Dawn descending Mullach an Rathain

I drank deeply and noisily and filled the bottles to the brim with crystal clear, freezing cold mountain uisge, then further down the burn I stuck my head under a waterfall and yelped with undiluted joy! What a fantastic country this is indeed! Mallorcan Munros usually end with an Ice Cold in Alex moment in the nearest village. Here, one can sup from the mountain breast.

Once out of the scree I let Dawn make her way down the path while I forged on ahead to get the car, 2km up the glen and I must have made a merry sight, marching up the tarmac in what felt like 30 deg, water pouring from every crack and orifice known to medical science, leaving a silvery trail that quickly evaporated in the sweltering heat of the glen. Luckily, one of those nice Irish folk stopped and gave me a lift back to the car. I doubt if he’s ever seen an exit like that from a mini bus, opening the side door and flowing out on a tidal wave of sweat. Nah, you’ve taken that too far!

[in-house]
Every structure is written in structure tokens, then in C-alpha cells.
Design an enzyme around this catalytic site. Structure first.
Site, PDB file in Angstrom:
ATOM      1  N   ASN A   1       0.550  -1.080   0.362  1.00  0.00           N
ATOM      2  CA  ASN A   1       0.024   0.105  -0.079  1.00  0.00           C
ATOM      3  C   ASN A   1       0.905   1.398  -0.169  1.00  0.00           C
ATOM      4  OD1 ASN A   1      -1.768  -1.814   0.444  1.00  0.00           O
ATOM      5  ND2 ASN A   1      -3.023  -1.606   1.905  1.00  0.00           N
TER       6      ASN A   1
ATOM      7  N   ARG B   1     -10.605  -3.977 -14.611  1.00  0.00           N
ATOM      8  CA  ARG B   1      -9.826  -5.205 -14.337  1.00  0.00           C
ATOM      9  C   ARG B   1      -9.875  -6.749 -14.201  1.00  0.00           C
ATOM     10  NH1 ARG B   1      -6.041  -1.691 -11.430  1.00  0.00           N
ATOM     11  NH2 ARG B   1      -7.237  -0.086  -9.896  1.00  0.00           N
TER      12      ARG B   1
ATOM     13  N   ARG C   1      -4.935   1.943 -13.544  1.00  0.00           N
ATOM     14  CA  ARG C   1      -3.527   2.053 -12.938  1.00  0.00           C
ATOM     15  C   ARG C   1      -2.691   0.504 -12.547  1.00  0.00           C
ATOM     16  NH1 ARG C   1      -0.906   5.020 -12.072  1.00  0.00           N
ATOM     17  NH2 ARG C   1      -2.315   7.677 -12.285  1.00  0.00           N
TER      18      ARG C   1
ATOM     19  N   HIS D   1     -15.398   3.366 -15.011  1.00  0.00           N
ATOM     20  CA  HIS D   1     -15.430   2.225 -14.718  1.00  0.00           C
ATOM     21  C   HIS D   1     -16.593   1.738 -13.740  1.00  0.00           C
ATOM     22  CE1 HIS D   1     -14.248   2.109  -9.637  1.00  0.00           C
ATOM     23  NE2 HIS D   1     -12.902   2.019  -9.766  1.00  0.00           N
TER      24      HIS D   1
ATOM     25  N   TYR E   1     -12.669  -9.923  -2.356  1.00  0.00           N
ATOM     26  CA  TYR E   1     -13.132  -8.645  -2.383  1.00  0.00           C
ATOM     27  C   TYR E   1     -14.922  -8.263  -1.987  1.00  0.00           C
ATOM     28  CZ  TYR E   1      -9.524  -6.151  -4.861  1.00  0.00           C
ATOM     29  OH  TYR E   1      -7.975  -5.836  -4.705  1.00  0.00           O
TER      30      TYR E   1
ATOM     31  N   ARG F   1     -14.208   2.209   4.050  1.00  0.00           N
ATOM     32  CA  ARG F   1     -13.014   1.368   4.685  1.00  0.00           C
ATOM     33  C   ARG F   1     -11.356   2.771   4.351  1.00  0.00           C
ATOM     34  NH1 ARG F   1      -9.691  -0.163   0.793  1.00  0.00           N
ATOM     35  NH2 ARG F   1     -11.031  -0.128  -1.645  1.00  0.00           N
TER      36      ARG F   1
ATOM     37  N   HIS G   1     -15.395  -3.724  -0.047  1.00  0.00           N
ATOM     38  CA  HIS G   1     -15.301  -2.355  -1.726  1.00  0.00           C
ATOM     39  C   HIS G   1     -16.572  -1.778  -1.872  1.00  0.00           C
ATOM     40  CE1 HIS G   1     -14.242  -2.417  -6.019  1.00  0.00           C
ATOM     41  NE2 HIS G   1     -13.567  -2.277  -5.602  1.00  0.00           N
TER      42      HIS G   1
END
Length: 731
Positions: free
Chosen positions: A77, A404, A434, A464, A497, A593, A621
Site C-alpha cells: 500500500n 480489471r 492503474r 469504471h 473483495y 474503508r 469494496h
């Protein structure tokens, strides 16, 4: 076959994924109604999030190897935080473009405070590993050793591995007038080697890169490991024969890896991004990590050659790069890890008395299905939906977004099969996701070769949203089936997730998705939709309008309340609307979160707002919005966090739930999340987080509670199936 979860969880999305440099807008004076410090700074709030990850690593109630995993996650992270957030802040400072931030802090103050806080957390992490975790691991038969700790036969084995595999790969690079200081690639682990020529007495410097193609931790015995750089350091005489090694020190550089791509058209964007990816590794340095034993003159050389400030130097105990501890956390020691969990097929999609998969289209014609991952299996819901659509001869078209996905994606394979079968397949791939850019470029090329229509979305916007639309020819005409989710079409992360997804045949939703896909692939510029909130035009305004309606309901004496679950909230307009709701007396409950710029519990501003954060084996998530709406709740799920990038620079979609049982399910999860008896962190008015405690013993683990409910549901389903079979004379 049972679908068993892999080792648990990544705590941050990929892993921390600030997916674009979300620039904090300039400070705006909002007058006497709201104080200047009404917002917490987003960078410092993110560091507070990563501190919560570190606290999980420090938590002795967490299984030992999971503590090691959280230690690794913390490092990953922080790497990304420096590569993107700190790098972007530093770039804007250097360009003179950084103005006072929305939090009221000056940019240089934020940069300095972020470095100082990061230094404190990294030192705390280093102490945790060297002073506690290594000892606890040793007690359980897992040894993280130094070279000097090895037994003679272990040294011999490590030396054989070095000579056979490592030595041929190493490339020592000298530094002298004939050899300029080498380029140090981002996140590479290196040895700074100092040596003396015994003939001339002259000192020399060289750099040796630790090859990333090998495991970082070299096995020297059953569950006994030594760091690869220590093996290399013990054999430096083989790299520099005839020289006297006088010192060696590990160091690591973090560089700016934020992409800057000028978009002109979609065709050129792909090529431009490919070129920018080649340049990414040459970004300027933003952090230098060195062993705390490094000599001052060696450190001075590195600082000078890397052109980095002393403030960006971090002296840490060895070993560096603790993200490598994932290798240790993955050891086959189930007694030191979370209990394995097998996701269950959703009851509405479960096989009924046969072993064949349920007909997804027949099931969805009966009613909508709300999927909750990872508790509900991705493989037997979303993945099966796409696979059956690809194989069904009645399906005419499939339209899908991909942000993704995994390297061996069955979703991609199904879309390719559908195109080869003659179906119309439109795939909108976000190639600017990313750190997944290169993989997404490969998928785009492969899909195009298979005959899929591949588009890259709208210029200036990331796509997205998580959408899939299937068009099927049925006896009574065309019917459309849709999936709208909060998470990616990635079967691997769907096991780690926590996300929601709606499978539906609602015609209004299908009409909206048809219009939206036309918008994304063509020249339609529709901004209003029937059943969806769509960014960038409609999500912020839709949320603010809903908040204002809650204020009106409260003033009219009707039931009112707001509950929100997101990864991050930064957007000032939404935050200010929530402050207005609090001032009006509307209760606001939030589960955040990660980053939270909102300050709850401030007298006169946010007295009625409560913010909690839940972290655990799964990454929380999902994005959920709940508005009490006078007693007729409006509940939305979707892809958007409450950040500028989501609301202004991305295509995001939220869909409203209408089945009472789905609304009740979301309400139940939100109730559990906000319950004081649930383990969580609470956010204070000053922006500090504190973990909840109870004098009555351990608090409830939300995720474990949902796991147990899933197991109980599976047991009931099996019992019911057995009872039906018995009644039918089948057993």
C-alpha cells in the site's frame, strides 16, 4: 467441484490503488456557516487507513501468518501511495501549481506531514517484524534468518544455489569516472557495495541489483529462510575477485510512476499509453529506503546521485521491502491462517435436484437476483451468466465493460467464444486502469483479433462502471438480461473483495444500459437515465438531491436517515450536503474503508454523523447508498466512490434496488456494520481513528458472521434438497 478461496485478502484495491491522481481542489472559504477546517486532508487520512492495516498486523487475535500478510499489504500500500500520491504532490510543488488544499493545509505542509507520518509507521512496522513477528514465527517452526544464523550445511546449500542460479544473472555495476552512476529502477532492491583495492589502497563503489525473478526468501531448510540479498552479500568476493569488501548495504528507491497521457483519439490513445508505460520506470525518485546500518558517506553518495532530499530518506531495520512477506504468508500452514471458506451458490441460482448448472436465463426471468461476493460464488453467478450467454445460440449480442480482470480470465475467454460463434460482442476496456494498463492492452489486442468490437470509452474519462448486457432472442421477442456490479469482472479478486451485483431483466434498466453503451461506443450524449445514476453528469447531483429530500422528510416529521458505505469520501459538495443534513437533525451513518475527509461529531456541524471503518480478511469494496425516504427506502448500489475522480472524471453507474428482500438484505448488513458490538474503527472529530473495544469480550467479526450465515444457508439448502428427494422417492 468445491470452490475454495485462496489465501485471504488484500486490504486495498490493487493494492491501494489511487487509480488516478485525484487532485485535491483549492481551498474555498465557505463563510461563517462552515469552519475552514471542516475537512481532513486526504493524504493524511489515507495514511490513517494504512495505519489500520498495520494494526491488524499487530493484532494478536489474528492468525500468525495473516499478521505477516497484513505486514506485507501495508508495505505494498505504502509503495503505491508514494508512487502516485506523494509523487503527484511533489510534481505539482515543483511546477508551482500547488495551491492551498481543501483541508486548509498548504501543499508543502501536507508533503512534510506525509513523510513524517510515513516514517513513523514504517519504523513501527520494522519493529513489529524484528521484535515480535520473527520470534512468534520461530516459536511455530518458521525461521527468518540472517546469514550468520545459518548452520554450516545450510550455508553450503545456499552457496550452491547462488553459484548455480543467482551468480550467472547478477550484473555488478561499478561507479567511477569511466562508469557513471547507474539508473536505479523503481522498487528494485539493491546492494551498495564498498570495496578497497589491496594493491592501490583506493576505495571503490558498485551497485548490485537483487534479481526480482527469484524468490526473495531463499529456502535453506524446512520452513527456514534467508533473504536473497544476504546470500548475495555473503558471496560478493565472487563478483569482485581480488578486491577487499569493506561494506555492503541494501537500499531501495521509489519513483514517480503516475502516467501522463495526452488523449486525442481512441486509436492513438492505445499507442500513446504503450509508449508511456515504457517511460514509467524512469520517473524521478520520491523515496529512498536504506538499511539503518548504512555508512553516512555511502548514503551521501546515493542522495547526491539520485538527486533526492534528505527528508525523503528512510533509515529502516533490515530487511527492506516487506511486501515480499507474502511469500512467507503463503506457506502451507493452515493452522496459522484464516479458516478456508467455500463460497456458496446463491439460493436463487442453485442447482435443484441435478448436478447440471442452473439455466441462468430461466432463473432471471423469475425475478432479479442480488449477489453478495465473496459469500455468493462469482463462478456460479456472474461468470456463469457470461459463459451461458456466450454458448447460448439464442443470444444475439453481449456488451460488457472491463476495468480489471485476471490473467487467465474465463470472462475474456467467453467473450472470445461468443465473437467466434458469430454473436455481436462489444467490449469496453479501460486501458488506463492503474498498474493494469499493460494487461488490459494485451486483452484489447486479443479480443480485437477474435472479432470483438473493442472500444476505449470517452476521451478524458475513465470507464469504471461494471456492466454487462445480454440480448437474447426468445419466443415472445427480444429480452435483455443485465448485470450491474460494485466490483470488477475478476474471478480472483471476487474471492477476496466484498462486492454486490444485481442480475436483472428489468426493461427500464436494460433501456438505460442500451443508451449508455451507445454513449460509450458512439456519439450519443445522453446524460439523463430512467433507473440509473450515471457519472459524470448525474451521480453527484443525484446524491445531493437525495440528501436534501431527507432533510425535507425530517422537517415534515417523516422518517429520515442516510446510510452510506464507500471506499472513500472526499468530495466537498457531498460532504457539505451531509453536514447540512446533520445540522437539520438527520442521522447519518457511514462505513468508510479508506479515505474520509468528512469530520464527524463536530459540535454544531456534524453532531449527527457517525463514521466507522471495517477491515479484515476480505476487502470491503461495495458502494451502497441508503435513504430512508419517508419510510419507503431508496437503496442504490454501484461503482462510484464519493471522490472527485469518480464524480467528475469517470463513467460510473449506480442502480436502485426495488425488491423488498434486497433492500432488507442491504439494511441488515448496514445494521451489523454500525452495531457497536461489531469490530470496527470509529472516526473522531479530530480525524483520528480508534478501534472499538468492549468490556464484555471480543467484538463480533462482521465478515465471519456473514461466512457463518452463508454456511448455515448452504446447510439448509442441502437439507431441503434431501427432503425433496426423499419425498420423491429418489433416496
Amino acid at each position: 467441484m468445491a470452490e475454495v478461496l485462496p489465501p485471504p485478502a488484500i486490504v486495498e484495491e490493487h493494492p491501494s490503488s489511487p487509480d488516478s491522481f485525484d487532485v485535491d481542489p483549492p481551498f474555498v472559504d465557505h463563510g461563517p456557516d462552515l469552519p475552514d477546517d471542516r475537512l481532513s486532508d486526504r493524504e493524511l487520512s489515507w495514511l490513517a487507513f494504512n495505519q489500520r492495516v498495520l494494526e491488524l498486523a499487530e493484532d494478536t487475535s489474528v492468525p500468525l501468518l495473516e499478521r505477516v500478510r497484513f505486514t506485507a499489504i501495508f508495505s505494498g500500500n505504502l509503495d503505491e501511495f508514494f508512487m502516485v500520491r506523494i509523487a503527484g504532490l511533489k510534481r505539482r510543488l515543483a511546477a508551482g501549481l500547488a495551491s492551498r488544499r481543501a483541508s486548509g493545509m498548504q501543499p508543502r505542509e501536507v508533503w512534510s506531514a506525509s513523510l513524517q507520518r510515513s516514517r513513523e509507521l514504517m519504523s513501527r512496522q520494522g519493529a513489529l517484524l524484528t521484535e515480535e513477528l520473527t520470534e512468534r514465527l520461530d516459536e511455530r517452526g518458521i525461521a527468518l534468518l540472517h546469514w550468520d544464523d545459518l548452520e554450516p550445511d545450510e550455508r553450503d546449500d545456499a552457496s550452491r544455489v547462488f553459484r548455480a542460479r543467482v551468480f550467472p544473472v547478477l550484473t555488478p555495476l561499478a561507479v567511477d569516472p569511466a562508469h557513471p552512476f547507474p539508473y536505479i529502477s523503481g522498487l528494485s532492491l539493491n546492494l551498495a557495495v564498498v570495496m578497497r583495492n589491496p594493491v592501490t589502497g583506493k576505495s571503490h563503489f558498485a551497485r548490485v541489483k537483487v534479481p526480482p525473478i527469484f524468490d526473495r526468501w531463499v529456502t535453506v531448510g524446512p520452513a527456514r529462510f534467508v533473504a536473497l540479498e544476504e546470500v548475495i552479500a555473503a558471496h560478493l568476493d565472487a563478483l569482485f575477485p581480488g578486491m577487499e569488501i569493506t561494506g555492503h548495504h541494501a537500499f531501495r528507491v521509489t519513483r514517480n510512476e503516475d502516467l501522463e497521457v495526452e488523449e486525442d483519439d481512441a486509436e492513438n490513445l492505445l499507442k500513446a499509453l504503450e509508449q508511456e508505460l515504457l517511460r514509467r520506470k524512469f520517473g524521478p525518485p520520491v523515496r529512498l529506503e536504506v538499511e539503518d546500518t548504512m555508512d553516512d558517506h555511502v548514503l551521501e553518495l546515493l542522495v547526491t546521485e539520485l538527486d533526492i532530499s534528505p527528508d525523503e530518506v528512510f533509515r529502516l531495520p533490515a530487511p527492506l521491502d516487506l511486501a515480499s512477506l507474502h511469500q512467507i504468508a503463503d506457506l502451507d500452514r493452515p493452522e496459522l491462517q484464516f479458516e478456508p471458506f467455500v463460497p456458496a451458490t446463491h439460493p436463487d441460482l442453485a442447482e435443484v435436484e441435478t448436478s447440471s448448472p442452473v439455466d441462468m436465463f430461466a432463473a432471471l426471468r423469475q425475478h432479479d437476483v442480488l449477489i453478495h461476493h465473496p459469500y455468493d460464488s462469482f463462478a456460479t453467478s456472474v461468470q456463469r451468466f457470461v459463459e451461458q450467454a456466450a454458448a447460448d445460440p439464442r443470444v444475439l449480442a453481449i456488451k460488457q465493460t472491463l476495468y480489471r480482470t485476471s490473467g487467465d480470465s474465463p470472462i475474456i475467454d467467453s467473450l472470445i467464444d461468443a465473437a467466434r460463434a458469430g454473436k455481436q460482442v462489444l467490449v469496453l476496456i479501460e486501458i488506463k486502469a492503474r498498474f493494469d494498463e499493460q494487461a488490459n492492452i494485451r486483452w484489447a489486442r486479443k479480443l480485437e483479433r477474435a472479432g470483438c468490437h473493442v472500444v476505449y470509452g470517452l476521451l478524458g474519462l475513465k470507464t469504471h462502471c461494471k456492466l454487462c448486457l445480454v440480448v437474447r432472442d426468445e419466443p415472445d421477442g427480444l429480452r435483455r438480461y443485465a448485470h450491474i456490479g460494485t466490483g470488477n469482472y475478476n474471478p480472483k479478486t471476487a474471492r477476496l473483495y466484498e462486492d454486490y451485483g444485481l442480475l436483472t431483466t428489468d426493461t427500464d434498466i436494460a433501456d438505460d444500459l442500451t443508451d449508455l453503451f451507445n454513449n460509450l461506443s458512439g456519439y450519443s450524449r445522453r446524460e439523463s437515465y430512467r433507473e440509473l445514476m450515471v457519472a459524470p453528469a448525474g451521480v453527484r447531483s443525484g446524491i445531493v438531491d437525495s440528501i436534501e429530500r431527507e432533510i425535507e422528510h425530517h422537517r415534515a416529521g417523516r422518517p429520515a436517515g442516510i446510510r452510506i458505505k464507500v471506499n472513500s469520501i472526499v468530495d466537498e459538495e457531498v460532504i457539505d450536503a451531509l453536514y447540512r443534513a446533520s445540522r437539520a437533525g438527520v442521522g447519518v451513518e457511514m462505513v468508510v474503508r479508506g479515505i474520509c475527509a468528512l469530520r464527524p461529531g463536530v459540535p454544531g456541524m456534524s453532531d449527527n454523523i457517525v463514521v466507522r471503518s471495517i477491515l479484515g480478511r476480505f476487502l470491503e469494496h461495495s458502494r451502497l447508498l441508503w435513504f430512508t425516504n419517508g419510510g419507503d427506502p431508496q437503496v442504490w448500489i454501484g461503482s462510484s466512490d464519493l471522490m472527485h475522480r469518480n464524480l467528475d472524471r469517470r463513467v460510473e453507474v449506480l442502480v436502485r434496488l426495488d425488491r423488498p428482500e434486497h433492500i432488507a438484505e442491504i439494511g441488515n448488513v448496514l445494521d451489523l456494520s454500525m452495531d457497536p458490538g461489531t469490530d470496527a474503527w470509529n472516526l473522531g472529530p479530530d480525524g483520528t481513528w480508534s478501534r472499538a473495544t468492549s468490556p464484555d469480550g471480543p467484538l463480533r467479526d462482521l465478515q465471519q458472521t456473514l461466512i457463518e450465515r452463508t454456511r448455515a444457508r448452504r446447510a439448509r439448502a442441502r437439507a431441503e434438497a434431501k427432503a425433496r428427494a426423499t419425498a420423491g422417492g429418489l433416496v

So with the sun still shining and knackered after 7 hours on the go (not bad, usually takes 7-10 hours), we drove home via Shieldaig and Lochcarron after a cracking day on the hill

You can see all the pics here.